Last Thursday, writer and teacher C.M. Mayo shared her insights about how writing students can make the most of their workshop experience, and I thought we might like some additional thoughts on the subject from some top-notch teachers, teaching a range of writing students at different levels:
"Etiquette matters more than we might want to admit. When students come to class late because making copies for the class took longer than they expected, additional class time has to be allotted for distribution. Because students—especially beginning students—often learn as much from discussing others' work as they do from receiving comments on their own writing, it's important not to miss workshop sessions. While absences are often unplanned, other students notice when they've put effort into responding to someone's work and then that someone isn't there for them.
"Nancy Andreassen, in The Creating Brain, admits that artistic production is an isolated activity in many ways, but she points out that creativity is fostered when the artist is part of a community, has interaction with other artists, and engages in processes like critique and apprenticeship. Students who foster a workshop community do themselves and each other a great service." ~~Anna Leahy, North Central College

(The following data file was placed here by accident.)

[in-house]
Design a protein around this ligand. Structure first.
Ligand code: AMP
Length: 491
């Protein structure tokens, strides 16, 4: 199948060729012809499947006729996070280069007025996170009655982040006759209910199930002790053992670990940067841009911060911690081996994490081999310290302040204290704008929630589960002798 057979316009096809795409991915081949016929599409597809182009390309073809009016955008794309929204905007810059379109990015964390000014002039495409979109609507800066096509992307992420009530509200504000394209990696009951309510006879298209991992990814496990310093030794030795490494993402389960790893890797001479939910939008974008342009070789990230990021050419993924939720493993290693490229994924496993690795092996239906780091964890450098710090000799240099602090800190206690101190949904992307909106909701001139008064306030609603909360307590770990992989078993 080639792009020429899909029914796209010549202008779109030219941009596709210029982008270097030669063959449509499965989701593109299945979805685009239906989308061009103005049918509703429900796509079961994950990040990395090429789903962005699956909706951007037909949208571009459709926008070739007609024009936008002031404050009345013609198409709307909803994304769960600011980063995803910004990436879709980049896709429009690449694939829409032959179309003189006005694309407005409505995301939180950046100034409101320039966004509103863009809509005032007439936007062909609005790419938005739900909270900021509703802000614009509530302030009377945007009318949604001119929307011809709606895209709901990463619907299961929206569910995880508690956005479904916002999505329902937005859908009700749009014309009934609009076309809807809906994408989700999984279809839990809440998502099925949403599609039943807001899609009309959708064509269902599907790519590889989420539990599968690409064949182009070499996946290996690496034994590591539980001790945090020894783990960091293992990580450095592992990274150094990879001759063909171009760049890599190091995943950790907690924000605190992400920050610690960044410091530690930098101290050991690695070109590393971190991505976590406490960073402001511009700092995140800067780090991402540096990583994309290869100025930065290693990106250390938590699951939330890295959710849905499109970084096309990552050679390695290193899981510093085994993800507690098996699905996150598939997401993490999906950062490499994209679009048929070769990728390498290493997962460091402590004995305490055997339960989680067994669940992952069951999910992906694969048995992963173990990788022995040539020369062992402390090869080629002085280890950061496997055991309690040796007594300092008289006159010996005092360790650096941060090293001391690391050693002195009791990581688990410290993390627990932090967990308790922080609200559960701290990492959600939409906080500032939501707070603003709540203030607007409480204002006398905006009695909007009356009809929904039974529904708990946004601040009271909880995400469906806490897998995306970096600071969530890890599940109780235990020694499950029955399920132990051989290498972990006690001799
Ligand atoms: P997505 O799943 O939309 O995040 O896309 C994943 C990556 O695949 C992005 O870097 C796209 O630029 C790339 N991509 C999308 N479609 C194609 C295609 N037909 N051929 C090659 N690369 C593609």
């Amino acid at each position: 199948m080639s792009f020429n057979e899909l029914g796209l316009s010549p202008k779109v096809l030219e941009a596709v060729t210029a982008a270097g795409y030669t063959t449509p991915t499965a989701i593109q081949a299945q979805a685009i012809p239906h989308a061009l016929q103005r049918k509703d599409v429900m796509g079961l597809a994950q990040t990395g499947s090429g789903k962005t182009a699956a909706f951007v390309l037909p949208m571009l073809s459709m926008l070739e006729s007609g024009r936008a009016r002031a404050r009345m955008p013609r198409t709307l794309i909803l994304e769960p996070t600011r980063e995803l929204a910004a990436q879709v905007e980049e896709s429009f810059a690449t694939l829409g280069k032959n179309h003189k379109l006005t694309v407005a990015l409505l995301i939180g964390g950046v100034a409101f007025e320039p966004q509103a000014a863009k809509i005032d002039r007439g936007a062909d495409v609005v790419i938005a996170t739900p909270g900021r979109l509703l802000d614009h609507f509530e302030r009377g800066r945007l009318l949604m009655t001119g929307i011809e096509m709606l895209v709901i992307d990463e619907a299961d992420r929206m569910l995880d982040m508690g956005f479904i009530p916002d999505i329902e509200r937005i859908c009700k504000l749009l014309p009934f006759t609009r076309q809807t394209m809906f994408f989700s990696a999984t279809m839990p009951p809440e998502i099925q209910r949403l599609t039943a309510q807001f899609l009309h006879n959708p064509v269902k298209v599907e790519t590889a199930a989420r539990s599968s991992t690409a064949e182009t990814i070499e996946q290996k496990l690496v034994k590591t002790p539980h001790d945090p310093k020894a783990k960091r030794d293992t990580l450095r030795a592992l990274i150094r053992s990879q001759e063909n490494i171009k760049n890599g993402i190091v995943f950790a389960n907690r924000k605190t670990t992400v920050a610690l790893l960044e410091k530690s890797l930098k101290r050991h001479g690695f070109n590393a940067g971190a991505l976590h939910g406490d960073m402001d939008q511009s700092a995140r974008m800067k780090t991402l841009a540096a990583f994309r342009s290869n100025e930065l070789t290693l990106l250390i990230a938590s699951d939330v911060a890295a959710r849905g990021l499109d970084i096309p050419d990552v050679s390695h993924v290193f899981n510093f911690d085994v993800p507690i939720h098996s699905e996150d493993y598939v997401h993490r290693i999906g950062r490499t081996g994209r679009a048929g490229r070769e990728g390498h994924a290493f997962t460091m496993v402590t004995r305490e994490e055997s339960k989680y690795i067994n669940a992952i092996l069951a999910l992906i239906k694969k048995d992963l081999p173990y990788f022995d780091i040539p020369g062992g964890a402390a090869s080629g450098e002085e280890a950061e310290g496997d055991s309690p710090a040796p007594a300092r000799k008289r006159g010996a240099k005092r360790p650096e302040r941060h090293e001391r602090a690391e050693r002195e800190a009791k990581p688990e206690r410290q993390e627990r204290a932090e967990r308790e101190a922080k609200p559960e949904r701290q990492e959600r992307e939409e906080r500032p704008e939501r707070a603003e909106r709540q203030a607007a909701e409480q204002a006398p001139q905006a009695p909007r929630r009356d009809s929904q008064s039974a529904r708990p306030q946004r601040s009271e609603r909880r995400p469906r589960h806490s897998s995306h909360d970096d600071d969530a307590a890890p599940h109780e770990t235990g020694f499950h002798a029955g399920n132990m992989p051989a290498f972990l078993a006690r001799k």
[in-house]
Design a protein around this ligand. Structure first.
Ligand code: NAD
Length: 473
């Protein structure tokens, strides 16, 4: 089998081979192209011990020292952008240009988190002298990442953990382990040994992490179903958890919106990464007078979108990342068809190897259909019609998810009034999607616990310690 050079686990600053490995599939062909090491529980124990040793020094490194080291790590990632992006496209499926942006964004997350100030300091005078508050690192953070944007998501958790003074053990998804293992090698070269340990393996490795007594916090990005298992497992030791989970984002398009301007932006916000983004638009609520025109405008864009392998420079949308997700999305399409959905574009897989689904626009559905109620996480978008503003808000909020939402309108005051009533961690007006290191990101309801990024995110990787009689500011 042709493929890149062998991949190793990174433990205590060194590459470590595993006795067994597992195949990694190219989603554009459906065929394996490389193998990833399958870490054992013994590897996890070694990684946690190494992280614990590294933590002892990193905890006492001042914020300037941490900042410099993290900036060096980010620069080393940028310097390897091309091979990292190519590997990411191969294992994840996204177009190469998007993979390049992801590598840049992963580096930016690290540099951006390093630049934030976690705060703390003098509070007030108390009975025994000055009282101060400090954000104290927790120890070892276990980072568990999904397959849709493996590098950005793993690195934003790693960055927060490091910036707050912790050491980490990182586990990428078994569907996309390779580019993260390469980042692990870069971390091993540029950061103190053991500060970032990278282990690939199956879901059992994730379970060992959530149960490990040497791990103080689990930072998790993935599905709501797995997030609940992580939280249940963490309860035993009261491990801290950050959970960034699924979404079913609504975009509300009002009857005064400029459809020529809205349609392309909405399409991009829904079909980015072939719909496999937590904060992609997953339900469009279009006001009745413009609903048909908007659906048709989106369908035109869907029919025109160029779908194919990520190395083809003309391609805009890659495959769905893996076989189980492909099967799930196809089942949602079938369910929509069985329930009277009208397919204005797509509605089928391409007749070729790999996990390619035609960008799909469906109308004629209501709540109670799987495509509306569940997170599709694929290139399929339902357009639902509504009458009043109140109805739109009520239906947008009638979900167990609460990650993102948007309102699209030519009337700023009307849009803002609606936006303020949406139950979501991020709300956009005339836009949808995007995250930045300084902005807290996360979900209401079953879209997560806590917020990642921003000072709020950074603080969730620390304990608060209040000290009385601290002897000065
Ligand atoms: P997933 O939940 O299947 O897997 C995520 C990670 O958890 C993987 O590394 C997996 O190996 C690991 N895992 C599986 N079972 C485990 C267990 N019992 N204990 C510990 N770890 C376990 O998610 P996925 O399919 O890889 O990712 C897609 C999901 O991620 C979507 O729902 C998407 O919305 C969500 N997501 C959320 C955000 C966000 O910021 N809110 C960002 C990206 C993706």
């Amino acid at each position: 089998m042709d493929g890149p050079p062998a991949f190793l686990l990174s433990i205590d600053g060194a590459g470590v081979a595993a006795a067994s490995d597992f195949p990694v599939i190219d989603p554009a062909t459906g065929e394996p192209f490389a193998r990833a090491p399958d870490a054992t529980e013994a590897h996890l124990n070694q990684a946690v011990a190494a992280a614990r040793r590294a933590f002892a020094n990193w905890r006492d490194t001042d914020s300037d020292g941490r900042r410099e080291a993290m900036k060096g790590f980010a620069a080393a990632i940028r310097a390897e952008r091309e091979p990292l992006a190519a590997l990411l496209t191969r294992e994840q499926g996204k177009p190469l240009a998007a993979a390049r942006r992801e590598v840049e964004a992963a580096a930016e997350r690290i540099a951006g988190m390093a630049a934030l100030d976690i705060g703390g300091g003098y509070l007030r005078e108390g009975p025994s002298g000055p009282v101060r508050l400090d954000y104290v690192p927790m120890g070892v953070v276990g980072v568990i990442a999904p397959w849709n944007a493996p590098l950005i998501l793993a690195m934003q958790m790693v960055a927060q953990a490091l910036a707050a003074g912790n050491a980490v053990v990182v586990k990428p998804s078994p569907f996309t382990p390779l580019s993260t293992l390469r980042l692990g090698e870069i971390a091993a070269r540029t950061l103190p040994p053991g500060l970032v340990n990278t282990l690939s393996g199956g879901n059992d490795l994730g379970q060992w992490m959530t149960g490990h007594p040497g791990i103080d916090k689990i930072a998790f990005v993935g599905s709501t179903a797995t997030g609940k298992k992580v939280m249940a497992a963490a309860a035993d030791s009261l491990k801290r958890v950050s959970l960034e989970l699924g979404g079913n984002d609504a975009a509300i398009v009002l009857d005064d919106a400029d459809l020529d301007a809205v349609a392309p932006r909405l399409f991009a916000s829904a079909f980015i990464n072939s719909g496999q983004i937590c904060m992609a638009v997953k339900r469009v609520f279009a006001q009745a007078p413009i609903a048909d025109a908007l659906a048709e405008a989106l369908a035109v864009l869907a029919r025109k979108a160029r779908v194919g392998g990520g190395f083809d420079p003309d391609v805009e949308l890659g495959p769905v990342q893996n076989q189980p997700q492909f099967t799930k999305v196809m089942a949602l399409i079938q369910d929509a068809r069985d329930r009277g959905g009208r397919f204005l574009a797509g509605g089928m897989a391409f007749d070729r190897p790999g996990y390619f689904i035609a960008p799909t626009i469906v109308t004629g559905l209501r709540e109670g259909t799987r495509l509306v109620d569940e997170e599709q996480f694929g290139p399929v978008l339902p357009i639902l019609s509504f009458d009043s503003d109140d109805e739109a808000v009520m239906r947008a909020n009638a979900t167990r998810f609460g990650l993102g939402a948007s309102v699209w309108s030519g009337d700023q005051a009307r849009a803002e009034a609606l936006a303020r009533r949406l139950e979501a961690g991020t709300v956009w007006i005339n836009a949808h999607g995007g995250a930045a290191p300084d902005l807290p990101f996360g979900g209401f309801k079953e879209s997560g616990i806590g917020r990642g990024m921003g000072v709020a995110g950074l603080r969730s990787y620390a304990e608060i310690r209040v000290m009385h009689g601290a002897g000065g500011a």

“Know who you are. I know it's a bit shopworn, but Shakespeare is always worth repeating. And also always true: I think some students come into programs expecting/hoping to be "made" into writers. But they already are; they had to be to get in. And we admitted them BECAUSE of who they are. So even though workshops may seem like exercises in transformation, consider them instead a kind of an audience lab. Change your work. Don't change who you are.” ~~Liam Callanan, University of Wisconsin Milwaukee
And now, a desperate plea from a university professor who wishes to remain anonymous:
"Characters must be human beings. I'm not talking about fully developed, complex characters, though that is always good. I mean no characters who are vampires, dragons, robots or rodents.
"No abortion stories…unless you have actually had one.
"Seeking therapy (attending AA or similar groups) or taking Prozac is not a sufficient resolution.
"Try to avoid writing about writers, particularly writers with writers' block, staring at their computer curser blinking while their roommate snores."
Next week, I’ll offer my thoughts on what makes a good writing workshop and how participants can work toward that goal.
About: Anna Leahy’s poetry collection Constituents of Matter won the Wick Poetry Prize and will be published by Kent State University Press in September 2007. She is the editor of Power and Identity in the Creative Writing Classroom, a collection of pedagogy essays published by Multilingual Matters and recently reviewed in the journal Pedagogy. Her collaborative work with an art historian on the ekphrastic poetry of Pulitzer Prize winner Natasha Trethewey appears in ELN and is forthcoming in an anthology on women's ekphrastic writing.
About: Liam Callanan coordinates the PhD program in creative writing at the University of Wisconsin Milwaukee. He's the author of the novels All Saints and The Cloud Atlas.